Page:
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October 20, 2004

Marks the Spot: About MapScience

Nuclear Waste Route Maps: About the MapScience System

The government provides almost no useful information about nuclear waste transportation implications of the Yucca Mountain repository. To fill that public information gap, EWG Action Fund staff developed a sophisticated Geographic Information System (GIS) analysis and the capacity to serve custom maps on the Web.

Here is how we conducted the analysis.

Mapping Software, Webware, Data and Analyses

We used state of the art GIS mapping software from ESRI (Environmental Systems Research Institute), the world leader in this technology. The primary geographic data—the locations of the rail lines and highways, the locations of schools, and other map “data layers”—came from Geographic Data Technology (GDT).

The routes we analyzed were taken directly from the U.S. Dept. of Energy”s final Environmental Impact Statement for the Yucca Mountain. nuclear waste dump. DOE analyzed two scenarios in order to “bracket” the range of the number of shipments required to deliver nuclear waste to Yucca Mountain from locations nationwide. The lower bound shipment estimate is derived from the “primarily train” scenario; the upper bound is associated with the “primarily truck” scenario. Some combination of the two, the DOE says, will be used for Yucca Mountain.

EWG Action Fund research and information technology staff painstakingly identified the routes selected by DOE by comparing the published maps in the EIS to the high-resolution rail and highway maps displayed on our GIS system. Altogether, we traced 20,000 separate route segments to replicate the DOE’s published maps. We then used the GIS system to draw bands along those segments identifying distances within 1 mile, 2 miles and 5 miles of the route.

With the routes in our GIS system, we were able to pre-measure the distance between route segments and the physical location (latitude and longitude) of each of the nation’s 29 million, nine-digit zip codes (Zip+4s, in USPS parlance). This locational data also came from GDT, the leading private source of geographic data. When you type in an address on the MapScience site, our server looks up the Zip+4 for that address and the associated latitude and longitude, and locates its proximity to the nearest nuclear waste route segment on a custom map displayed on your computer. At the same time, it identifies schools and hospitals in the vicinity from separate “data layers” and displays them, too.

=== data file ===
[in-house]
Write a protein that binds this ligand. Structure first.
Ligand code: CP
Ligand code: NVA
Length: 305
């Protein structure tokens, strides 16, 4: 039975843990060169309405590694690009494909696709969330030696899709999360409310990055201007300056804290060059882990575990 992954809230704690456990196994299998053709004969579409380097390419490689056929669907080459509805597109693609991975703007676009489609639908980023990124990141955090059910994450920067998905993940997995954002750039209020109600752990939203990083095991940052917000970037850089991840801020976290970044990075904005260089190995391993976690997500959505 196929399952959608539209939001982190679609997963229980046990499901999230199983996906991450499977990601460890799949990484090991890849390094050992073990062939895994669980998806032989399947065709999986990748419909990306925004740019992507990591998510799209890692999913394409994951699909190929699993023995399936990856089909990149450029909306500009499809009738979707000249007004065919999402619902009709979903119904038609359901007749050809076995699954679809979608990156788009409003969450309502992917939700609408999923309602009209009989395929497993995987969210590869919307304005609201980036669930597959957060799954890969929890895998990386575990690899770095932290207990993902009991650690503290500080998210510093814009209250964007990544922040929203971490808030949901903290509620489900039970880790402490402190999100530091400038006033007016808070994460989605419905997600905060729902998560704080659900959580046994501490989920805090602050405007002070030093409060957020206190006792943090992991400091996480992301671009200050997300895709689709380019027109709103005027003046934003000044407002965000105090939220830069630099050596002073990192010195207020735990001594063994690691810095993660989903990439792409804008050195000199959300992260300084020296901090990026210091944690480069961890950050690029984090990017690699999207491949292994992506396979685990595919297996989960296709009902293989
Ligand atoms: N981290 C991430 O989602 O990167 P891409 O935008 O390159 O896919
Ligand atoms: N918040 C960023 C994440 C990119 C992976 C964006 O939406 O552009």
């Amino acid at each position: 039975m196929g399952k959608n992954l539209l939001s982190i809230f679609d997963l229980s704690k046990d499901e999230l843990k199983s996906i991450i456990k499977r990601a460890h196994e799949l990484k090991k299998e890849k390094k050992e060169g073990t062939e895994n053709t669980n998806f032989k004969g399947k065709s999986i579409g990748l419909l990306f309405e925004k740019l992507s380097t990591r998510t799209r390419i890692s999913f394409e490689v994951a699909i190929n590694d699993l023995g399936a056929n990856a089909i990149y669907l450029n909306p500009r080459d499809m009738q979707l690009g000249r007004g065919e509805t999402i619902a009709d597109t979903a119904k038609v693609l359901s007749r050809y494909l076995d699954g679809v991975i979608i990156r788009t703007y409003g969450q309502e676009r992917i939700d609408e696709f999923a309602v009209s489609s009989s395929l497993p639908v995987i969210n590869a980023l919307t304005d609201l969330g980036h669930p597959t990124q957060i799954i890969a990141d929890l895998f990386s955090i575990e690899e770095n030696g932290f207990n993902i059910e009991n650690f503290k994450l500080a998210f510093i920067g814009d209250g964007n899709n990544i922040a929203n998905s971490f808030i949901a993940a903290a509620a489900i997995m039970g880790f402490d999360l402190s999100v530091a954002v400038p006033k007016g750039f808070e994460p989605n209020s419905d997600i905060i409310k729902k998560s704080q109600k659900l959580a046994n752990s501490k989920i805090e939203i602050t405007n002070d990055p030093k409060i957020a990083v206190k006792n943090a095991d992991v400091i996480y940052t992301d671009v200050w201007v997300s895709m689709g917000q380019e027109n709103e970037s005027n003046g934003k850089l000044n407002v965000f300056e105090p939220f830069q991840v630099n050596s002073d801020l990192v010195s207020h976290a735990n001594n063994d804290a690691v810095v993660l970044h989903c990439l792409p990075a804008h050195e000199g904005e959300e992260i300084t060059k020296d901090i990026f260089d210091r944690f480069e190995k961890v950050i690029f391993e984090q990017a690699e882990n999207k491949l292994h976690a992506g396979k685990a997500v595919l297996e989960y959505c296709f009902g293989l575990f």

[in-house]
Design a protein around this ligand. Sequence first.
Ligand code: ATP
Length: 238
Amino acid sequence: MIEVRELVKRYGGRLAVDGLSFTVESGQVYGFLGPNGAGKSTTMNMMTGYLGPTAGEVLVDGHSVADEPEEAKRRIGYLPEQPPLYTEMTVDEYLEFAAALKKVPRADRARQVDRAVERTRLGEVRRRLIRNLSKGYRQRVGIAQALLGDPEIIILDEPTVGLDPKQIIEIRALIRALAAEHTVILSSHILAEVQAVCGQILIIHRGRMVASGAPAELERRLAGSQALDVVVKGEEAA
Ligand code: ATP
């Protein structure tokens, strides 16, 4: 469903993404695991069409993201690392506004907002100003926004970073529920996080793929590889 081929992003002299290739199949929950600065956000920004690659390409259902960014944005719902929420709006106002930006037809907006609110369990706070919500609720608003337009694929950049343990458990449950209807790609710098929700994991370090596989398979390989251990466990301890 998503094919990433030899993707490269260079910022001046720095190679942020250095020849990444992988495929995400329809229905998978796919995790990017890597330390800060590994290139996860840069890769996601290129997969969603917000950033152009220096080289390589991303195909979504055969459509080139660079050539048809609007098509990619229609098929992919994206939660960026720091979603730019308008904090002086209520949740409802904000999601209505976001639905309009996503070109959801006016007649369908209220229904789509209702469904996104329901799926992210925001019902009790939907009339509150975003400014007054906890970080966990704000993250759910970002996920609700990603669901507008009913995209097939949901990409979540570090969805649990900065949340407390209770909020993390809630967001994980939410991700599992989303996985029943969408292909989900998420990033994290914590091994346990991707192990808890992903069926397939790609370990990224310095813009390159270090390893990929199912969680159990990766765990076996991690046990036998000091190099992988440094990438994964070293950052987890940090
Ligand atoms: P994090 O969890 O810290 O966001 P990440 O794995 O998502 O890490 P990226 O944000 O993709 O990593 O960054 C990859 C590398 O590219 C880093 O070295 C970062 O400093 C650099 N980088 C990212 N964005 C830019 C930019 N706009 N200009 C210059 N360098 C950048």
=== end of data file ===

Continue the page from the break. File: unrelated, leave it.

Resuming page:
The estimates of population and households in proximity to the maps were developed using data from the U.S. Census Bureau’s 2000 Census of Population. For accuracy, we used data on population and number of households from the smallest published Census unit—the Census “block”—and mapped the overlay of those units within 1, 2 and 5 miles of the route segments. That analysis yielded an estimate of the number of people and households that were close to a nuclear waste route as of the year 2000. Several factors probably cause these population and household figures to be underestimates: overall, the U.S. population is expected to grow, including along many of these routes; and the Census locates where people live, not where they work or commute or go to school, so the maps likely underestimate affected population in urban and suburban areas. Finally, the analysis will tend to overstate the population affected if, as expected, DOE selects some hybrid of its two scenarios (primarily truck and primarily rail), since some route segments will drop out. As noted elsewhere, however, it will be extremely difficult not to ship Yucca-bound nuclear waste by train or truck through hundreds of major cities and towns, because the nation’s mainline freight train routes and Interstates connect population centers.


The "Nuclear Waste Route Maps" Web site is a project of EWG Action Fund and EWG Action Fund. It was developed with the support of the W. Alton Jones Foundation, The Bauman Foundation, and The Turner Foundation. Support was also provided by Brian Greenspun, publisher of the Las Vegas Sun. No financial support was provided by the State of Nevada. Our funders are not responsible for the site’s content.

Made by Hand @ EWG Action Fund

This Web site was designed and developed by the staff of EWG Action Fund. From start to finish, it took three weeks. We did it because the government didn’t — and should have.

Sean Gray conceptualized and conducted the Geographic Information System analyses of the routes, and implemented the look-up features of the site, including Web display of the maps from the underlying data. Tim Greenleaf designed and produced the site. Chris Campbell designed and performed numerous database analyses, and designed. Many other EWG Action Fund staff contributed to the Web site’s development by providing research, analysis, quality assurance checks, and content: John Coequyt, Brendan DeMelle, Ben Crandall, Jim Cox, Susanne Fleek, Bill Walker, Daphne Dador, and Ken Cook. EWG Action Fund’s public affairs staff developed and implemented our media strategy for the site: Laura Chapin, Liz Moore, Jon Corsiglia, and Elizabeth Abbett.

EWG Action Fund Senior Vice President Richard Wiles managed the research effort for the project, and Mike Casey, EWG Action Fund Vice President for Public Affairs, oversaw the media and Internet communications components.

We also received superb site development support from ESRI.